Pushing Boundaries and Crossing
When I discovered my father was coming to see me, I wanted to make the most of getting him out of the country. Rather than settling for Turkey, I arranged for us all to go for a long weekend in Cairo. The Great Pyramids of Giza seemed an obvious crowd-pleaser and an experience my father would easily be able to take home with a sense of accomplishment. Being a little mischievous, I booked us all into a hostel rather than a deluxe hotel, wanting my 60-year-old father to experience the life I'd grown accustomed to — that of a backpacking vagabond.
(In retrospect, doing so was largely unfair of me, considering that I had years to adopt and adapt to this style of living. Like my father, I had once been a maestro of air conditioning. I had never tasted Arabic coffee, which he tried and would have likely been largely put off by the idea. He was being a good sport, going along with what I believe was turning out to be a long vacation for him, and in my wiser, current version, I would not have pulled this stunt with my father or any of my family members for that matter.)
As a city, Cairo was disappointing, even for me, at least where I had arranged to stay. It seemed dirty and ugly. Although it was a short walk to the Nile River and right around the corner from The Egyptian Museum of Antiquities, there was a noticeable lack of restaurants, few shops, no bars, and only non-alcoholic beer. The whole experience sucked. The hostel was even shabby. On the fourth floor of a derelict building, the hostel had a clicking, clanking elevator and an entranceway that brought to mind the love motels in Korea. I also wasn't entirely comfortable walking around the neighborhood.
I couldn't help but wonder what my father was thinking as we drove through some of the impoverished areas in and around Cairo, the types of places to which I've long grown accustomed but that he had never seen. He never mentioned much about it.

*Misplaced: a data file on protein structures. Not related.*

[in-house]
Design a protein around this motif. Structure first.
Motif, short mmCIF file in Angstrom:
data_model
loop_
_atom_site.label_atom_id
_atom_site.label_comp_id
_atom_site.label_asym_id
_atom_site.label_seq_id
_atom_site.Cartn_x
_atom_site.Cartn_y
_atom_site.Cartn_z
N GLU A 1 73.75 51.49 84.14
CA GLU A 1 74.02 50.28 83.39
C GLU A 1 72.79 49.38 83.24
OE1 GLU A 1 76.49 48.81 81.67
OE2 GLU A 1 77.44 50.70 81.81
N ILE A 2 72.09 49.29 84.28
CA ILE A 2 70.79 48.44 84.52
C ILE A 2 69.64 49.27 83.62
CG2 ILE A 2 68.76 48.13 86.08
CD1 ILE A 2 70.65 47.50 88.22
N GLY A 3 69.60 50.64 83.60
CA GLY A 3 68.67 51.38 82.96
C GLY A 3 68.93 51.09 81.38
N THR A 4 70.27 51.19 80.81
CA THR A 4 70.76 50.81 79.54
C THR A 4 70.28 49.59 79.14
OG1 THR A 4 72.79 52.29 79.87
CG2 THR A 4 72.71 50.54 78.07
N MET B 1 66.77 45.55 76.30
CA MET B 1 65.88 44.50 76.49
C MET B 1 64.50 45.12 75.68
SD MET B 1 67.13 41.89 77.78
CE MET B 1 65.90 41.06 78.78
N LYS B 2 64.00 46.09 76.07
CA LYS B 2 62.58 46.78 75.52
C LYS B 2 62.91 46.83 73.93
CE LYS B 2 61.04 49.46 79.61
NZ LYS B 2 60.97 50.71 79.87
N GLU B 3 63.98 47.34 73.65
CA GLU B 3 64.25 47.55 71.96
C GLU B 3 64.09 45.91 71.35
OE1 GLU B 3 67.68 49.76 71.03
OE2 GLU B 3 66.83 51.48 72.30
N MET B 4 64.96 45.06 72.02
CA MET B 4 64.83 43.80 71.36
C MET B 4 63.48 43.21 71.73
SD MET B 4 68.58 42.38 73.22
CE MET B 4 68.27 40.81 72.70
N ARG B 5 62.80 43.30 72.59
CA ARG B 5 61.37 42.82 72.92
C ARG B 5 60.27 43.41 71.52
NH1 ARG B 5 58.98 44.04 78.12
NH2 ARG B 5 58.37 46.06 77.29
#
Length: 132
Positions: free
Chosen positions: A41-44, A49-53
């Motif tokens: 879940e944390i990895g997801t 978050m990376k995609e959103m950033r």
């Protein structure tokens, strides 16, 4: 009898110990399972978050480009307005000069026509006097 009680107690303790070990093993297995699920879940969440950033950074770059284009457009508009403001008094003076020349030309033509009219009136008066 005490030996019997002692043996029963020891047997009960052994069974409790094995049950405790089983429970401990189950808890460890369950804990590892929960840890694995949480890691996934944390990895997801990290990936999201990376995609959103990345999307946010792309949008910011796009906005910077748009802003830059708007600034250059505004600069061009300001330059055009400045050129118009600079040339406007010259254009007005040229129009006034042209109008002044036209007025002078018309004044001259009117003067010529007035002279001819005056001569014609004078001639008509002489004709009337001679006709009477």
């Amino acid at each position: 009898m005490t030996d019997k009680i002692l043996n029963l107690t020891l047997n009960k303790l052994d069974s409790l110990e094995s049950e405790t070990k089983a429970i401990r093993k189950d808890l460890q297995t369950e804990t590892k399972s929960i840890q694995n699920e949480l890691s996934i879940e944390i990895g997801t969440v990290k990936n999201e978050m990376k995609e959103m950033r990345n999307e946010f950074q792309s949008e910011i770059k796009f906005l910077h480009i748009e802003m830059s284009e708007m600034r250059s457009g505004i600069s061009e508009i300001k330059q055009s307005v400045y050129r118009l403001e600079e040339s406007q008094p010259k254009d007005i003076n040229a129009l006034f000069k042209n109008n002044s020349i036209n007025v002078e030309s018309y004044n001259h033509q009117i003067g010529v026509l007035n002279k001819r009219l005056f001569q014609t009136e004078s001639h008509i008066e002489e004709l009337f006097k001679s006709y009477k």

The low point of the trip was when my father climbed the north face of the Red Pyramid and descended the long, narrow tunnel (roughly 3 feet by 4 feet and 200 feet long) inside. Egypt, without a doubt, is hotter than Turkey, even hotter inside a poorly ventilated pyramid tomb, and even hotter when crouched over with no option to stand, with a long way to descend to the end and an even more taxing route to ascend back to the entrance. After that, my dad was done with Egypt. He explored Cairo with me only sparingly in the days following. Still, for the most part, he wanted to stay in the hostel room, which, by some act of some God, had a window unit air conditioner.
(A close second to the Red Pyramid as an unpleasant experience occurred when my father had to shower in the shared bathroom of our hostel. It was the smallest shower I've ever seen and a tight fit for my 180-pound frame. My dad is 250, a bit germ-phobic, and insanely hygienic. In between uncontrollable laughter at the thought of it, I truly felt for him, and whatever desire I'd had to test his resolve slinked away down that shower's drain. Luckily, he's much more mild-mannered than he was 30 years ago. Not only did he not get angry with me, he even shared a weary chuckle about it.)